|Wife: Clarissa Hancock|
10 Children: |
Eli Ward Alger (1809-1890)
Samuel Alger (abt 1809-soon after)
Saphony Alger (1813-young)
Frances Alger (1815-after 1884)
Amy Saphony Alger (1818-?)
John Alger (1820-1897)
Alva Alger (1822-?)
Samuel H. Alger (1826-?)
Thomas Alger (1828-1862)
Clarissa Alger (1830-1907)
Father: John Alger|
Mother: Elizabeth Humes
Samuel Alger was born on 14 Feb 1786 in Uxbridge, Mass. to John Alger and Elizabeth Humes Alger. He married Clarissa Hancock on 25 Feb 1808. They moved to Rehoboth Mass. where they have five children, two of whom died young. Then they moved to Ohio about 1819 where they had five more children. Samuel was a Lieutenant in the Ohio Militia. He was noted for his great strength and wrestling ability. There he built several buildings, including a sawmill, with the help of Clarissa's brother Levi, who lived with them for a year in 1820.
At age 44, Samuel and his family joined the newly formed Mormon Church in Nov., 1830. His wife's uncle had been a boyhood friend of the Prophet Joseph Smith, Jr. They were pleased and both consented when their daughter Fanny (Frances) became the first plural wife of the Prophet Joseph Smith about March, 1833. The ceremony was performed by Clarissa's brother Levi W. Hancock. This was all done in secret, and when rumors leaked out, several of the early leaders assumed it was an adulterous relationship. It became a major scandal and many left the Church over it. Family records claim that Fanny was subpoenaed in Kirtland in 1836 to testify against the Prophet, but refused to do so, escaping custody with the help of her father and uncle Levi by jumping out of a second story window into a hay wagon. The Algers always stood by the Prophet, for they knew that the couple had been secretly married.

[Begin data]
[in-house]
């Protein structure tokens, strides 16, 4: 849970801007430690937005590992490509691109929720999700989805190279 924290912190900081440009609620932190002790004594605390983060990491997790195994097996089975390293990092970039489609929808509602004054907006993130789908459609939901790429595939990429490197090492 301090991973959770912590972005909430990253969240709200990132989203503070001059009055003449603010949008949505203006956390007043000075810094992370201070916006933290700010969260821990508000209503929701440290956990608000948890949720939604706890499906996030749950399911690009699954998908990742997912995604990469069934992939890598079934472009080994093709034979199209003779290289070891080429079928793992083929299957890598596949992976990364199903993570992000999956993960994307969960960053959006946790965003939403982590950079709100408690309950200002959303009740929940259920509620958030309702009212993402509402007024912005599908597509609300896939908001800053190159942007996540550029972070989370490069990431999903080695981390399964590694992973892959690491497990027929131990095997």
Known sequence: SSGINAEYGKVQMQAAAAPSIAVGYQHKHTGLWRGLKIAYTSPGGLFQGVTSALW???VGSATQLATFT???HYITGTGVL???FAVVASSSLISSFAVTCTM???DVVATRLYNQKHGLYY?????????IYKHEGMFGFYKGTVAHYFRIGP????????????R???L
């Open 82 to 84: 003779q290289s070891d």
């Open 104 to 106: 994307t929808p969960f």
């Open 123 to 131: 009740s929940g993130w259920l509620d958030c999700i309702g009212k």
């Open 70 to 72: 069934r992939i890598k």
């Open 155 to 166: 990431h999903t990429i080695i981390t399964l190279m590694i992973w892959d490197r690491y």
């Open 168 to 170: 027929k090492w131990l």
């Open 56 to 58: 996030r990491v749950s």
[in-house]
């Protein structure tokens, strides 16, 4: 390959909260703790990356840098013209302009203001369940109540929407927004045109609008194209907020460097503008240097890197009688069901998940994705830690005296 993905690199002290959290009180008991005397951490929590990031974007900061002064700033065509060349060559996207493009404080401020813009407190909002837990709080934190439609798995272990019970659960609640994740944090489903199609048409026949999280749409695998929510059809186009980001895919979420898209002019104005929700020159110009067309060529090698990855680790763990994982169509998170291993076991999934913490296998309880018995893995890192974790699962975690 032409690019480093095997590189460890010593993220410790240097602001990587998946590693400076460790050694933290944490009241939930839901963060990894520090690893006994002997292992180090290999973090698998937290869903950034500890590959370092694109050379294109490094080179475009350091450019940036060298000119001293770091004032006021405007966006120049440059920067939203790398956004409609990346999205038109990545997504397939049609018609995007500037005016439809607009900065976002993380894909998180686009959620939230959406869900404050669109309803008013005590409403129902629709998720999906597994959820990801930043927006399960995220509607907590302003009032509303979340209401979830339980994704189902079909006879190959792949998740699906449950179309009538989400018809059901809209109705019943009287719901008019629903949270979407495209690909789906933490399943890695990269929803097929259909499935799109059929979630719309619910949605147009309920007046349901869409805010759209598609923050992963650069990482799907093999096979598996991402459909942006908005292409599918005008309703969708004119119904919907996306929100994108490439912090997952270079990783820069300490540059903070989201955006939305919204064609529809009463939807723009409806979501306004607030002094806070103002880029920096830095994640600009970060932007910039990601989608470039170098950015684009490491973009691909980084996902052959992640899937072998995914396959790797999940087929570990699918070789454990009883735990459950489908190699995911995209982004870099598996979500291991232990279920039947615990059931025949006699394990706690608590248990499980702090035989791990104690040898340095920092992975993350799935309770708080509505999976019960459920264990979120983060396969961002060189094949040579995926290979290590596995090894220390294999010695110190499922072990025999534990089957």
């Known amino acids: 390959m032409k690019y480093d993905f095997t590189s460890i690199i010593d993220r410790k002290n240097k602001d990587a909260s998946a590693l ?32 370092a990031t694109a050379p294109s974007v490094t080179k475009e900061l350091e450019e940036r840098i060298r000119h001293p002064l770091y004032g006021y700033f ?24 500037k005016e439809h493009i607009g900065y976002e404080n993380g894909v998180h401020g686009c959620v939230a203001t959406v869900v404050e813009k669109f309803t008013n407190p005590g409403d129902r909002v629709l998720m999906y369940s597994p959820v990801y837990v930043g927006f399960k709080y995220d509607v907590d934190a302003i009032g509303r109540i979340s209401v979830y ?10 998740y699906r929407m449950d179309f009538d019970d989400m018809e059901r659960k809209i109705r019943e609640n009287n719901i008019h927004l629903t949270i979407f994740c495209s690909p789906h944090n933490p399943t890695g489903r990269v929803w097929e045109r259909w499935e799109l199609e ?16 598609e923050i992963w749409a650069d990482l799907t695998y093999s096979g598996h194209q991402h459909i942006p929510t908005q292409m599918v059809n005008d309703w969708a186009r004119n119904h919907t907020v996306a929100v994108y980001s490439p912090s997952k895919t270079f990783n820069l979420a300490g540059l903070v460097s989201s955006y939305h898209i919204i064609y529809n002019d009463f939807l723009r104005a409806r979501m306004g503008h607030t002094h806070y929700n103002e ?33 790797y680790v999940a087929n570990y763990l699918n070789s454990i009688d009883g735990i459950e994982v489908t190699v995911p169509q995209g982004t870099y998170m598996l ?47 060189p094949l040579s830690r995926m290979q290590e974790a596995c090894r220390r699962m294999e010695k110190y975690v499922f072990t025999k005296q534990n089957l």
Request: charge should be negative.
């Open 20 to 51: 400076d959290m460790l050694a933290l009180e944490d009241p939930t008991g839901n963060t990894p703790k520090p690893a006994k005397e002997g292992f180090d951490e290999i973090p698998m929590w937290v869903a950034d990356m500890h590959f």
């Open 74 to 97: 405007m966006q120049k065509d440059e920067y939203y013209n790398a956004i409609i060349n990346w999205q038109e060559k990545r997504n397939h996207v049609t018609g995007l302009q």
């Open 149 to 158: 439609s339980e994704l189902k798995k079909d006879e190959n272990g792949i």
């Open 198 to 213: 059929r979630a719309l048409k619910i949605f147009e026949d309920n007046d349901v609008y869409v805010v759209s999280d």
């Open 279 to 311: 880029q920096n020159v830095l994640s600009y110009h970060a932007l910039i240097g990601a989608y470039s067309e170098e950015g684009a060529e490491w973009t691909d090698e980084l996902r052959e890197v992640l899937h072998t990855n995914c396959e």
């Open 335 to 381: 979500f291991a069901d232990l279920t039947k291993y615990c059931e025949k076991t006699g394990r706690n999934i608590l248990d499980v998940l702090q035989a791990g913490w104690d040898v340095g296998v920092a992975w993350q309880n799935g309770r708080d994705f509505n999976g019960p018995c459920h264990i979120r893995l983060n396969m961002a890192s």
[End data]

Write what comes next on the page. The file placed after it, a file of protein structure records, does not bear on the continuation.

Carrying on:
The family moved to Missouri with many of the Church from Kirtland, leaving in Sep 1836, staying in Indiana for a year, and then arriving in late 1837. Fanny went with them, but she decided to avoid any more scandal and stayed in Indiana, married Solomon Custer, and lived out her days there as Frances Custer. Ben Johnson stated that she "did not turn from the Church nor from the friendship for the Prophet while she lived." This entire account of Fanny was mostly taken from Levi's son's journal, and was summarized from In Sacred Loneliness: The Plural Wives of Joseph Smith, Todd Compton (SLC, UT: Signature Books, 1997), pp. 25-42.
Then Samuel and Clarissa, and most of the family moved to Nauvoo when the Mormons were driven out of Missouri. They they came west in 1846 when again driven from Nauvoo. After they had settled in Salt Lake City, Samuel and Clarissa were called to found a new city in southern Utah. Under the direction of Apostle George A. Smith, they help found Center Creek (Parowan), Utah in 1851. They went with their daughter Clarissa and her husband Francis Whitney. In 1870 Samuel's wife Clarissa died, and in 1873 he moved to St. George, Utah to live with his son John for the last year of his life. Samuel was an expert cabinet maker and joiner. He had made hundreds of coffins, and kept one for himself under his bed. But he repeatedly gave his own away to friends in need. Alas, when his time came time, he was buried in one not of his own making. He died on 24 Sep 1874.
Some of this information was taken from Levi Hancock's journal and also from Carol E. Wolf's research.